And to be an open listener and explore that unknown. kind of really. Adventure is level, like, be adventurous. And I think that's where the divide that's showing up and so much of our national dialogue would start to melt away. And how great would it be to bring somebody to a dinner party who is totally different than you to sit down and have a conversation? It would be unpredictable.
You know, and to underscore what you just wrote, I think about the fact that you know, children are born curious, right? will have no inhibitions. I just got the blessing of spending part of this weekend with a five year old and, you know, I it's just like light up glowing all the time and exuberant and asking questions, there's zero inhibitions at all. Yeah, to me, one of the sad parts that we encounter and coming from within that system is that if our education system, really were restructured to inspire that curiosity, and inspire that I mean, inspired about astronomy, all those kinds of things and inspire it about each other. Yeah, we wouldn't then have to be spending adulthood trying to kind of reverse that, right? I mean, because school almost reverses the natural inclination of humans in their curiosity, and shifts it towards things that are separate and competitive, and comparative. And that is what then leads to our separateness and our inhibitions as adults. And then people like you and I are out there trying to rework that. so that people can find their way back to something that was never really rude. It was what was natural.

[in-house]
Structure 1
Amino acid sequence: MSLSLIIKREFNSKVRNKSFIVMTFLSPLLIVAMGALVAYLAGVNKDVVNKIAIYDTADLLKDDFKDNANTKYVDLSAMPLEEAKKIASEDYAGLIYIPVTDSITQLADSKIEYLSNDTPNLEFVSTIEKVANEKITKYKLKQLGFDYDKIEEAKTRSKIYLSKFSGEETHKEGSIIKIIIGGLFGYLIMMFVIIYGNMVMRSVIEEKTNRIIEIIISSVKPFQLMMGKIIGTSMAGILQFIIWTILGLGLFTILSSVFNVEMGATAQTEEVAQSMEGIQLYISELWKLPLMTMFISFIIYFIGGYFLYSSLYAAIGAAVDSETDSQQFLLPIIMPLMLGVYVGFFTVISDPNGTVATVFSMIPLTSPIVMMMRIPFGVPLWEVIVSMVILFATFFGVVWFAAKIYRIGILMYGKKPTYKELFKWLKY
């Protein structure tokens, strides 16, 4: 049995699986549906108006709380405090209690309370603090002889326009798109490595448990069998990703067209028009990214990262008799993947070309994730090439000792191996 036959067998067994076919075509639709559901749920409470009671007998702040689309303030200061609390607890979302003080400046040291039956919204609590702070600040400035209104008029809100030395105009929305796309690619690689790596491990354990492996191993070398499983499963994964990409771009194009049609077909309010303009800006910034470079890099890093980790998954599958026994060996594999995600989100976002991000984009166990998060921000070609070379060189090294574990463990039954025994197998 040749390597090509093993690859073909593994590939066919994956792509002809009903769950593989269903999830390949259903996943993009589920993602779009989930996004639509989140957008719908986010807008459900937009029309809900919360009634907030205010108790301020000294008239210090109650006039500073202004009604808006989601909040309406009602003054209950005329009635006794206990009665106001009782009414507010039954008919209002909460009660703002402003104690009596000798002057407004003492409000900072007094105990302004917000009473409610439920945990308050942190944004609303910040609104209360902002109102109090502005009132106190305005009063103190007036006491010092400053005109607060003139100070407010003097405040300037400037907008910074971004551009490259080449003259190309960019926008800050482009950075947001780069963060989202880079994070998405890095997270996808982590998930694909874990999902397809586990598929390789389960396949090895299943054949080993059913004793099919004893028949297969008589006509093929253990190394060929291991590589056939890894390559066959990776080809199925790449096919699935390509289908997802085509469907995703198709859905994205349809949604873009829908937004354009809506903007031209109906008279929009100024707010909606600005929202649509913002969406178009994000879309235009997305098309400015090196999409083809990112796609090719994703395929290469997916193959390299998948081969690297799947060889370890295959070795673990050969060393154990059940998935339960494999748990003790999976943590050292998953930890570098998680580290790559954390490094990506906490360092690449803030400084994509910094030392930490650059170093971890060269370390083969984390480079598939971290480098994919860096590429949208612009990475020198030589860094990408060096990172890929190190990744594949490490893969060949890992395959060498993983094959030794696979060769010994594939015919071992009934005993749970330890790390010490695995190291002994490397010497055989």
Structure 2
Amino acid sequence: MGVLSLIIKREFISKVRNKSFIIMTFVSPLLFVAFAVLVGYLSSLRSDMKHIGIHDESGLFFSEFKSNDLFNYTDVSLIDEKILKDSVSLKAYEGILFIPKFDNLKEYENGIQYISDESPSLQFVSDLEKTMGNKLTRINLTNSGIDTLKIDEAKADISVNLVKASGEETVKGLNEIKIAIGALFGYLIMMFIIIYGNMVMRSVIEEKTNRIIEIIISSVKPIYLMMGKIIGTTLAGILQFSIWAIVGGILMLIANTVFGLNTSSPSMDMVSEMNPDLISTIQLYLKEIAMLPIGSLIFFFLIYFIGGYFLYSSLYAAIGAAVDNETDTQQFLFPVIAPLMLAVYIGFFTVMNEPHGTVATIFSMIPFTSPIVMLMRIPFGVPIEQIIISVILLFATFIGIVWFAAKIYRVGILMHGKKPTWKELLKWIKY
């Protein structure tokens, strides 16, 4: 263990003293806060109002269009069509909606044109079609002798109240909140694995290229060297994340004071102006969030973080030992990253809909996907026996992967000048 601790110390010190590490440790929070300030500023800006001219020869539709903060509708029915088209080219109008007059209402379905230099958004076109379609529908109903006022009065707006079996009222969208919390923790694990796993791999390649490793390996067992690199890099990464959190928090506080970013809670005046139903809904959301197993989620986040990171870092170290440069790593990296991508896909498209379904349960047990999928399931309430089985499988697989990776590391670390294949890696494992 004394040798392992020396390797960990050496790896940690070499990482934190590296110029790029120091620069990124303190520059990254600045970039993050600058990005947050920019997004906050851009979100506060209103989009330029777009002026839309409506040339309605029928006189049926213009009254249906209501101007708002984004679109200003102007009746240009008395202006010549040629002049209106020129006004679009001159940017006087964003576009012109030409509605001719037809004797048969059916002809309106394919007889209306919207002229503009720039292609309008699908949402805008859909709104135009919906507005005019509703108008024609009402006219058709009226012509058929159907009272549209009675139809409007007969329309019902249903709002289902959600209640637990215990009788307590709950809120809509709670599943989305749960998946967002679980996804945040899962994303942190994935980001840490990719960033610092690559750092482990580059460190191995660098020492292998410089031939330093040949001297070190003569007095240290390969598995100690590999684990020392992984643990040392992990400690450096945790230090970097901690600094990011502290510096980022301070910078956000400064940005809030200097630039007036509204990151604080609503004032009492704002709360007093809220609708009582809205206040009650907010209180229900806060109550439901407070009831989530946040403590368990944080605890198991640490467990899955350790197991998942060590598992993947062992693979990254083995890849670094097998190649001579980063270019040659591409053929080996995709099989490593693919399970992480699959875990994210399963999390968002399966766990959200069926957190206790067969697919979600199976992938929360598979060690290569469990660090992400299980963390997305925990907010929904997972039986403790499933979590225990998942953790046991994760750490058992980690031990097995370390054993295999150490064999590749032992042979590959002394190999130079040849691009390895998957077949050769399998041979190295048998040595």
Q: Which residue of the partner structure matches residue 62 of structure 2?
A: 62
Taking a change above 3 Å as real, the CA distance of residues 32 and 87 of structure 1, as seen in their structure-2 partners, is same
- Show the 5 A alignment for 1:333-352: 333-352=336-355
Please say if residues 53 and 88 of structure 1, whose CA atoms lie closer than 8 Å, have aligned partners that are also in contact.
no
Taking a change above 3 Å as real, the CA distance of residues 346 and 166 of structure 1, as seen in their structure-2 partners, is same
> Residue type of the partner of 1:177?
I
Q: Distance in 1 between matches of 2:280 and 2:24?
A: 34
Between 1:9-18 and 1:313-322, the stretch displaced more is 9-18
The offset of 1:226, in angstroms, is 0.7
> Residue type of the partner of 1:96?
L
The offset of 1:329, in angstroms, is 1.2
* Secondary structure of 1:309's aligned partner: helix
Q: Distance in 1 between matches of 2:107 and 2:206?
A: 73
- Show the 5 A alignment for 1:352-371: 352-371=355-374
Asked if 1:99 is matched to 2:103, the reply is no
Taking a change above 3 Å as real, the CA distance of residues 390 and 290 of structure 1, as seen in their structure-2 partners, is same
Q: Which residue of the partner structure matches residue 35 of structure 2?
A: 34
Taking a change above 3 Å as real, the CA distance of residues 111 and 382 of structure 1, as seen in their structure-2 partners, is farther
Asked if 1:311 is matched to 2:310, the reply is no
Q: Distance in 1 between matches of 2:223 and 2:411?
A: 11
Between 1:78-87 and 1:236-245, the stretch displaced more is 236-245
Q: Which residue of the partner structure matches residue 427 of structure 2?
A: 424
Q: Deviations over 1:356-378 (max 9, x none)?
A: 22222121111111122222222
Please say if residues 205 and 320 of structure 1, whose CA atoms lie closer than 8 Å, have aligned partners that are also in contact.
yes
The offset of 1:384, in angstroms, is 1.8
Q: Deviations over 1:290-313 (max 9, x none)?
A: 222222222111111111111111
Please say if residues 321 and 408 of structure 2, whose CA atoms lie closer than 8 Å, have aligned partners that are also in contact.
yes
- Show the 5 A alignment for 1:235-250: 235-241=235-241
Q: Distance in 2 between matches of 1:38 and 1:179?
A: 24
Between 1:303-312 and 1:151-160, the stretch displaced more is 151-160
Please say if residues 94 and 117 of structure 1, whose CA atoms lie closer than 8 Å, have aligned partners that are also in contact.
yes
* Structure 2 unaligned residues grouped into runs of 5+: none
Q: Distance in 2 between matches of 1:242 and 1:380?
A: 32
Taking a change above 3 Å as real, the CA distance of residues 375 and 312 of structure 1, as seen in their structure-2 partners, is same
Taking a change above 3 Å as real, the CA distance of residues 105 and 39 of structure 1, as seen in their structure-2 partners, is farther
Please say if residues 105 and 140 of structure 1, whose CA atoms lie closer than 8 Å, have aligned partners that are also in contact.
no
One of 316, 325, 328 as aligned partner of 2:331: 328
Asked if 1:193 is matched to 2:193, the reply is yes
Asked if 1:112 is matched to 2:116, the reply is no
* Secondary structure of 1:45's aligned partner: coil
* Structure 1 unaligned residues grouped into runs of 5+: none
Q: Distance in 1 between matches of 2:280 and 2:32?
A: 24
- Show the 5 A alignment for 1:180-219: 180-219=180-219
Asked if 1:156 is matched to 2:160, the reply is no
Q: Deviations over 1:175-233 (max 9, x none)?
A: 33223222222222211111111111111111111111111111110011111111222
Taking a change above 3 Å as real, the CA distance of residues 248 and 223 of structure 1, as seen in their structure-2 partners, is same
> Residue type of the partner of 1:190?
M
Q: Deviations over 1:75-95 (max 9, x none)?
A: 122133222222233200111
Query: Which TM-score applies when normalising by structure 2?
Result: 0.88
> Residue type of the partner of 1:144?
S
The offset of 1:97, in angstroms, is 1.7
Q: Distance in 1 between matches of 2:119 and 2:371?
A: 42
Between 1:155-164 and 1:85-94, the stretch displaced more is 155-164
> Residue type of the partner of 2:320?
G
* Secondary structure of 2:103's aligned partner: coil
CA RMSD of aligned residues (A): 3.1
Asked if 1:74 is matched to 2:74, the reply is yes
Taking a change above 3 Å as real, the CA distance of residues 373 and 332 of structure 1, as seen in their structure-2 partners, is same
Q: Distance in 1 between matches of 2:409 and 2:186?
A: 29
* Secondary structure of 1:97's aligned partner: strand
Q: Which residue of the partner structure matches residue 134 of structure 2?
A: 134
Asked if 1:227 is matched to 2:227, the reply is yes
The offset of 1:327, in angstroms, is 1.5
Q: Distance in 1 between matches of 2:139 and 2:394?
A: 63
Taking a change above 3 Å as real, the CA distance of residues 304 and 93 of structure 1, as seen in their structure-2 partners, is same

Right? Yeah, I guess, two things come to mind about that is I don't know about your parents, but I think parents teach curiosity killed the cat. Right, and it kind of just slides off the tongue. They don't know the rest of the poem, which is satisfaction, brought it back. And to create an environment where we're curious, so somebody recently reached out on our website, and I think they're from a different country. And they basically asked the question about the report piece. So in the report piece in the book, there's a tool that says, find something that somebody is wearing. And ask an open ended question about. And it's much more elaborate than that. But it's the essence of it. And her question was, but what if it's a scar or a leg? Right? They only have one leg. And Chad wrote up this really beautiful response, which was accurate, and which he said, When somebody chooses what they're wearing, that is changeable. Right? And they're taking a moment to thinking about how they're going to show up in the world. And they put that on, if you ask about something that's unchangeable. That's far riskier. And, you know, basically was saying, start with the things that are changeable, rather than the things that are unchangeable. I think there's a lot of wisdom in that. And we talked about that in the book. And yeah, as I was reading his response, I remember one of my students in a classroom, in which we were sharing this tool, and he was standing, we were practicing it, he was standing in front of me, and there was nothing that I was curious about other than a scar on his forehead. And at this point, I already had a little bit of rapport, right, because he was a student of mine. But I asked them about the scar and his forte, and I got this story that nearly brought me to tears. And he was able to be really open and transparent about it. And I think the only reason why that worked is we together, were creating a space in which we were curious with each other that it was okay to be curious. It was okay to be courageous enough to be curious, and then I wasn't going to get shot down. me taking a risk about asking them what scar I might have gotten deflected. Oh, it was just sustained. But instead, he opened up and shared this really beautiful story. forgot why I rambled down that path, but it seemed to connect.